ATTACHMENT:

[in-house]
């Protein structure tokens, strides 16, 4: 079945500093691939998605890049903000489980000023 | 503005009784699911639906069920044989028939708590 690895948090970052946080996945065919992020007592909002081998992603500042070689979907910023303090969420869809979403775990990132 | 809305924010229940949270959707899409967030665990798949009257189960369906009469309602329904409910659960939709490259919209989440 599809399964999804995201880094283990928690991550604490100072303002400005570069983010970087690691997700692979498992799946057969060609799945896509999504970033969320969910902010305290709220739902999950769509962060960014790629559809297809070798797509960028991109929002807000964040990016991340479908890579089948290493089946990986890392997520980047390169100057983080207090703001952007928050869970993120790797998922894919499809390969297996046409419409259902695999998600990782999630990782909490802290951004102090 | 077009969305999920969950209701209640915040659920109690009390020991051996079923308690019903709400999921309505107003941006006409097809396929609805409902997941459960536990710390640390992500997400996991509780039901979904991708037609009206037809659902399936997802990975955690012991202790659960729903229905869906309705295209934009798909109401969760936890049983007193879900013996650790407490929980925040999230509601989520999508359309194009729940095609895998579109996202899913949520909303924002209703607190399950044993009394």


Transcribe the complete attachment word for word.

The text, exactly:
[in-house]
């Protein structure tokens, strides 16, 4: 079945500093691939998605890049903000489980000023 | 503005009784699911639906069920044989028939708590 690895948090970052946080996945065919992020007592909002081998992603500042070689979907910023303090969420869809979403775990990132 | 809305924010229940949270959707899409967030665990798949009257189960369906009469309602329904409910659960939709490259919209989440 599809399964999804995201880094283990928690991550604490100072303002400005570069983010970087690691997700692979498992799946057969060609799945896509999504970033969320969910902010305290709220739902999950769509962060960014790629559809297809070798797509960028991109929002807000964040990016991340479908890579089948290493089946990986890392997520980047390169100057983080207090703001952007928050869970993120790797998922894919499809390969297996046409419409259902695999998600990782999630990782909490802290951004102090 | 077009969305999920969950209701209640915040659920109690009390020991051996079923308690019903709400999921309505107003941006006409097809396929609805409902997941459960536990710390640390992500997400996991509780039901979904991708037609009206037809659902399936997802990975955690012991202790659960729903229905869906309705295209934009798909109401969760936890049983007193879900013996650790407490929980925040999230509601989520999508359309194009729940095609895998579109996202899913949520909303924002209703607190399950044993009394």